Dodgers might be World Series favorites, but bettors aren't so sure

The Los Angeles Dodgers dominated the regular season, winning a league-high 104 games. They carried that over to the postseason, making elite opponents look like average teams. Given all that, it’s no surprise they are the favorite to win the World Series.

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But it’s not as if the Houston Astros don’t stand a chance. The early returns suggest Houston is getting just as much play as Los Angeles among gamblers, according to Bovada’s sportsbook manager Kevin Bradley.

From a futures perspective, it was an ideal matchup for the book with both Houston and LA being fairly decent results. We are seeing the same trend heading into the World Series with almost exactly 50% action on both sides.

Houston is listed at +145 according to Bovada. The Dodgers are listed at -165.

What do the bettors know that we don’t? Perhaps they believe in Justin Verlander’s resurgence with the Astros. It’s possible they think Houston will adjust better to the extreme temperatures expected early in the series. Or maybe they just want Josh Reddick to get his revenge on the Dodgers fans who booed him.

The explanation is probably much simpler than that. Odds exist so that both teams get action from bettors. Even people who think the Dodgers are a better team might look at the odds and figure it’s worth taking the shot on Houston. While analysis gives the Dodgers the edge, it’s not like Houston is a pushover. And we already know crazy things can happen in a short series. Why not put money on the underdog?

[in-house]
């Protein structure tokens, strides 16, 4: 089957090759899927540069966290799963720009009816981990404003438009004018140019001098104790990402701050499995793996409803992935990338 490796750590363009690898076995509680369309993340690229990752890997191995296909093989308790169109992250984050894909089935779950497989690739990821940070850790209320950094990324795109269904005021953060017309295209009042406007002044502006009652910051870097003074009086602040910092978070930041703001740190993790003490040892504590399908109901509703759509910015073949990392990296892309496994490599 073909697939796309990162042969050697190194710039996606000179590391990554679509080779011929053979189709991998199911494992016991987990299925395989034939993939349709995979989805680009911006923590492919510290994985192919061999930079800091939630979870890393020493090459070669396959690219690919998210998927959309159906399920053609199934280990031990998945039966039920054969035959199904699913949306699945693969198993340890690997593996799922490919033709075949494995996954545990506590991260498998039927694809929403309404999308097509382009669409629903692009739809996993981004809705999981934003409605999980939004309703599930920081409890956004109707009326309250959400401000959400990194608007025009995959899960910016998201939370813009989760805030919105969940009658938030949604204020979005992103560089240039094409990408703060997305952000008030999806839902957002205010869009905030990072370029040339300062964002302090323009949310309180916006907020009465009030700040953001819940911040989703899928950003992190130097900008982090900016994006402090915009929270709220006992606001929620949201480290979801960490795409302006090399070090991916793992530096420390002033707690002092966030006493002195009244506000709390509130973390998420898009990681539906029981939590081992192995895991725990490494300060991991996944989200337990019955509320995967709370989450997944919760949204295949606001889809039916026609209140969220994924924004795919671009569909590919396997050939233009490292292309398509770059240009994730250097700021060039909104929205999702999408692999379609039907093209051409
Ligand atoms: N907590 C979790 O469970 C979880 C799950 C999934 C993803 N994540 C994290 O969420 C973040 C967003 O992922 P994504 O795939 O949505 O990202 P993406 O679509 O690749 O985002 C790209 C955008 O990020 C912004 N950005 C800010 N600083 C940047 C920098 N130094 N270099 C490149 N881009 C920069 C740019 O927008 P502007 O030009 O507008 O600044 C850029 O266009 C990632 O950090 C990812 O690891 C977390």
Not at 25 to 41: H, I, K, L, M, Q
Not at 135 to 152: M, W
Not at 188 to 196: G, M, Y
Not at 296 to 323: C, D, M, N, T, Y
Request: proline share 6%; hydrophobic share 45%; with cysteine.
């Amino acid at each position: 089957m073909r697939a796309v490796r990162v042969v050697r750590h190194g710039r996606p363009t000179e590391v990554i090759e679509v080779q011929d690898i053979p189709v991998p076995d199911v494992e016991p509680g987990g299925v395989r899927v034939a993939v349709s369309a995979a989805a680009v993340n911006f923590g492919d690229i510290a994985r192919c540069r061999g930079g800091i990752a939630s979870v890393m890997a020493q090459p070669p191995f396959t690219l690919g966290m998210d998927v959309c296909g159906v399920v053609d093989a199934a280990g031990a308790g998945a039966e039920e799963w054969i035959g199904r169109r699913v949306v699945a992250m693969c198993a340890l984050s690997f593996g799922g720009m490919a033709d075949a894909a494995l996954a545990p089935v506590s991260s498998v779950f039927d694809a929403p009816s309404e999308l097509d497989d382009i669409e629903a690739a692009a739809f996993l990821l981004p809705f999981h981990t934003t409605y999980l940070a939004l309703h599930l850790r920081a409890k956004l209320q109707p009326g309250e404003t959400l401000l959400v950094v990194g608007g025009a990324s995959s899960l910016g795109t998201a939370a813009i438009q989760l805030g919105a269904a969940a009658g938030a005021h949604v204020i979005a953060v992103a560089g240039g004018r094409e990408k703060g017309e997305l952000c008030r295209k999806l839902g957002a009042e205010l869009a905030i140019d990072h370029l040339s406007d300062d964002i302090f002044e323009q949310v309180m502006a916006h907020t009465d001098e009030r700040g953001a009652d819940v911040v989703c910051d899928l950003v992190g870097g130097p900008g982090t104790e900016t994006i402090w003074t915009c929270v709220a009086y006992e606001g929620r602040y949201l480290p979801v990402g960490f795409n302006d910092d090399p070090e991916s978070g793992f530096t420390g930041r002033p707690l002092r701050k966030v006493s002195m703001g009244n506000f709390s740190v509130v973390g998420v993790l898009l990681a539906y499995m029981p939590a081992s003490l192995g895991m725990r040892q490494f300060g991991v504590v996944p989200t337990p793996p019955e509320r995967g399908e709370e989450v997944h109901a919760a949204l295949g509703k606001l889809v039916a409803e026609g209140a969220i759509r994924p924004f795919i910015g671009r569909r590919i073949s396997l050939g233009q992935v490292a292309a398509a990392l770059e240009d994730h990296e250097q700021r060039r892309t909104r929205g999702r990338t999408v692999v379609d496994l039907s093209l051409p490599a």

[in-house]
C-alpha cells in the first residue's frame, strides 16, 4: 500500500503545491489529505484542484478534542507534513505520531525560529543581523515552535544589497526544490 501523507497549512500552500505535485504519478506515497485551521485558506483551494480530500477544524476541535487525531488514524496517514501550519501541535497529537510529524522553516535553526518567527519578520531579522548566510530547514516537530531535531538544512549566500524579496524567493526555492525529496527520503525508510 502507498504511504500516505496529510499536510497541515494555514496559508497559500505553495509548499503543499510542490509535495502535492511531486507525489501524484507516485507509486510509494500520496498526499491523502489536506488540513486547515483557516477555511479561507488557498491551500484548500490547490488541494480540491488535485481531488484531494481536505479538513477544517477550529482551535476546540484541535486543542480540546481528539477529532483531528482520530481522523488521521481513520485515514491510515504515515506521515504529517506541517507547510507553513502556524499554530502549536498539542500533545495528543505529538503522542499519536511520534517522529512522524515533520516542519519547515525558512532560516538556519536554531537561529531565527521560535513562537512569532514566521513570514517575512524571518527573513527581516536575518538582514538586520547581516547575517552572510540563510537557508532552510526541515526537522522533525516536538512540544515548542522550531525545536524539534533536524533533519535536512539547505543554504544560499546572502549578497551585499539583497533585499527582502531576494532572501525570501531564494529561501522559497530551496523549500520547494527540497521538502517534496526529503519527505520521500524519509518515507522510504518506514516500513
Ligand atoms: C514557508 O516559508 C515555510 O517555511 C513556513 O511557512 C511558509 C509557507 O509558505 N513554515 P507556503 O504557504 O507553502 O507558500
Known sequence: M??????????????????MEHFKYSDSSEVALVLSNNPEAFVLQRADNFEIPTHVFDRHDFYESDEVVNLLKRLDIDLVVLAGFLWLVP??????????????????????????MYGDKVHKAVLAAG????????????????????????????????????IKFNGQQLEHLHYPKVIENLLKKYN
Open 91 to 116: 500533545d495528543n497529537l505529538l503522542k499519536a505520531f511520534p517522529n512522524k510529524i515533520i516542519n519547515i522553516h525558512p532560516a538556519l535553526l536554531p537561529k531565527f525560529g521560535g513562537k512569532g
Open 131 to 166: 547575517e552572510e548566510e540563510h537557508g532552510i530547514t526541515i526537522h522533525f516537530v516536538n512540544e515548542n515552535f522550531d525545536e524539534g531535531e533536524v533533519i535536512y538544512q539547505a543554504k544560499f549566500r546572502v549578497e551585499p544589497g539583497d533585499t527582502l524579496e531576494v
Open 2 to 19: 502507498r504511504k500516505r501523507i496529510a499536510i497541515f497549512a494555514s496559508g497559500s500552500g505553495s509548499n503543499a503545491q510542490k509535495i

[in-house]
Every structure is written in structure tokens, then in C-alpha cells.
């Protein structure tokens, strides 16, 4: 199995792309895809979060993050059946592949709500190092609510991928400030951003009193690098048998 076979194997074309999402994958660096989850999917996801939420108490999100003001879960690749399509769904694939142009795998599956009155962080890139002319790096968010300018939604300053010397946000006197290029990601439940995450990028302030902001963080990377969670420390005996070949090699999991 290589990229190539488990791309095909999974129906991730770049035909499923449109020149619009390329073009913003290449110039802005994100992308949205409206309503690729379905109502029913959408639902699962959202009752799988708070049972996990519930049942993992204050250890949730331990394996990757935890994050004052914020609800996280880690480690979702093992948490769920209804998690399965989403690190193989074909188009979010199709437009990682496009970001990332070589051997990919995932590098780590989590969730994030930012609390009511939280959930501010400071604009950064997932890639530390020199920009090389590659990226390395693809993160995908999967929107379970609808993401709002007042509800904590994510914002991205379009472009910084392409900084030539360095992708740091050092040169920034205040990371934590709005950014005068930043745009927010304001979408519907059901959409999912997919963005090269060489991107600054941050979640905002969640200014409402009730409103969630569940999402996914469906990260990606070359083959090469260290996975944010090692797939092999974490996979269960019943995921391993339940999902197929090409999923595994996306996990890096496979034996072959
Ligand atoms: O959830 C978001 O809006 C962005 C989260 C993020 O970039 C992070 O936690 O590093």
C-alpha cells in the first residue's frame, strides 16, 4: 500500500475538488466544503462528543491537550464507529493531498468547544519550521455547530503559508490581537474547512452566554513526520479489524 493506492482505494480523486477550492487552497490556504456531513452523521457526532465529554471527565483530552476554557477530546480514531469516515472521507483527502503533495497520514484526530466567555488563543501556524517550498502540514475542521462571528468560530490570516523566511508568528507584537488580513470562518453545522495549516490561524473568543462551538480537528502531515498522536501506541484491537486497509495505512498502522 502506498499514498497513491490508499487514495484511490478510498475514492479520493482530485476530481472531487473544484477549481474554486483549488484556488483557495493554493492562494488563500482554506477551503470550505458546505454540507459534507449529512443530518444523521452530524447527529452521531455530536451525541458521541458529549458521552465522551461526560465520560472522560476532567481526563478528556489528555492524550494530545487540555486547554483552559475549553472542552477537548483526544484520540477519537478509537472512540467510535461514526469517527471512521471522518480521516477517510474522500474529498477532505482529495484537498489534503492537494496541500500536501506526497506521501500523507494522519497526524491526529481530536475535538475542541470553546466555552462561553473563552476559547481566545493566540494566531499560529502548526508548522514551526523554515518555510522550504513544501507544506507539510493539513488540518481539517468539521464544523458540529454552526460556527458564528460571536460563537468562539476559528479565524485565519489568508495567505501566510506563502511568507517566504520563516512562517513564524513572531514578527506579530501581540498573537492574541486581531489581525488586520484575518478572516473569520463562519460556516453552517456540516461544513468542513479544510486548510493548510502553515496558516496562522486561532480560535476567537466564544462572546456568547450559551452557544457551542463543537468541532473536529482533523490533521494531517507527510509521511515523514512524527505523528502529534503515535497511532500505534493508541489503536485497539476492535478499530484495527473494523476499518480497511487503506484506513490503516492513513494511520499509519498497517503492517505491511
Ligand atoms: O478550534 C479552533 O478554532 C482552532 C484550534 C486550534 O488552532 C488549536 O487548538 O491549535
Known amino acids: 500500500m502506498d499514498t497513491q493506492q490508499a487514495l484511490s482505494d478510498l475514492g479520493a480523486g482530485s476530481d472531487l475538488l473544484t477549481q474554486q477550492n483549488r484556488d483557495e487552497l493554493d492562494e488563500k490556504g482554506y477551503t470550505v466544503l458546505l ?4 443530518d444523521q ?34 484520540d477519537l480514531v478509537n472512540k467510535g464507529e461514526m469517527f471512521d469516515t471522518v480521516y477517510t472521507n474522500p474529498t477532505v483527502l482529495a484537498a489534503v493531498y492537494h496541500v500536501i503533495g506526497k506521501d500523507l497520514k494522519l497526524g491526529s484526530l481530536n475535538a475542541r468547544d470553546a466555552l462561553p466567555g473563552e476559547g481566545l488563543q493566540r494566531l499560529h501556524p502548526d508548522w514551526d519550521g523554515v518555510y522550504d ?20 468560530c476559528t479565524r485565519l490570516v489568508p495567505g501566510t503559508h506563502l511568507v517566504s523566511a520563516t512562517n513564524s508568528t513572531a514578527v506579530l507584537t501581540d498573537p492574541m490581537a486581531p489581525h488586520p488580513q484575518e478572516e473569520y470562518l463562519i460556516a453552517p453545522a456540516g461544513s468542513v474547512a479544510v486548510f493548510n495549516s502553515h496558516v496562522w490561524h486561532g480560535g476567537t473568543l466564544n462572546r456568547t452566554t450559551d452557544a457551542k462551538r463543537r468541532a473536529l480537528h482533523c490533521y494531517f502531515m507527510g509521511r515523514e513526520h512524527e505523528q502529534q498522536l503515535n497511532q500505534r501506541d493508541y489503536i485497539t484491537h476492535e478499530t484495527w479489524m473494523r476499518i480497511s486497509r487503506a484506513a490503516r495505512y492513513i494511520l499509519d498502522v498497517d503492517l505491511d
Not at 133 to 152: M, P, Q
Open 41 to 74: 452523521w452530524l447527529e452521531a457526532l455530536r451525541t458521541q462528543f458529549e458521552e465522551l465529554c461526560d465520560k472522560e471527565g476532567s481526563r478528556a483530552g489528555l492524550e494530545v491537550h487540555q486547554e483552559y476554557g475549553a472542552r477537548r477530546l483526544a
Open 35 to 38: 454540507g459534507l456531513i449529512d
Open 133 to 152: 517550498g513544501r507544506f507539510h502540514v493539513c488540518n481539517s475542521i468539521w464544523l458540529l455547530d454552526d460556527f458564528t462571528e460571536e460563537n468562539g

The Dodgers might be the favorite for the World Series, but the Astros are no pushover. (AP Photo/Charles Rex Arbogast)

We do know, however, that bettors aren’t buying into the narrative that Clayton Kershaw can’t pitch in the playoffs. The Dodgers are taking in about 60 percent of the action to win Game 1. Kershaw does have a 4.40 ERA over 21 postseason appearances, but his career 2.36 ERA over nearly 2,000 regular season innings speaks loudly. And he’s coming off a series in which he looked pretty dominant against the Chicago Cubs. Dallas Keuchel is far from a pushover, but he’s no Kershaw.

And even that may not matter. Like we said, anything can happen in a short series. Keuchel could topple Kershaw, Verlander could suddenly lose his stuff … a large bird could get hit with a fly ball and result in a bases-clearing hit. We have no idea.

What we can say is that two exceptionally talented teams from the regular season are going to square off in the World Series. One team has to be the favorite — in this case, it’s the Dodgers — but the Astros aren’t far behind.

Conventional wisdom tells us this is going to be a tight matchup. The bettors tell us the same.

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Chris Cwik is a writer for Big League Stew on Yahoo Sports. Have a tip? Email him at christophercwik@yahoo.com or follow him on Twitter!

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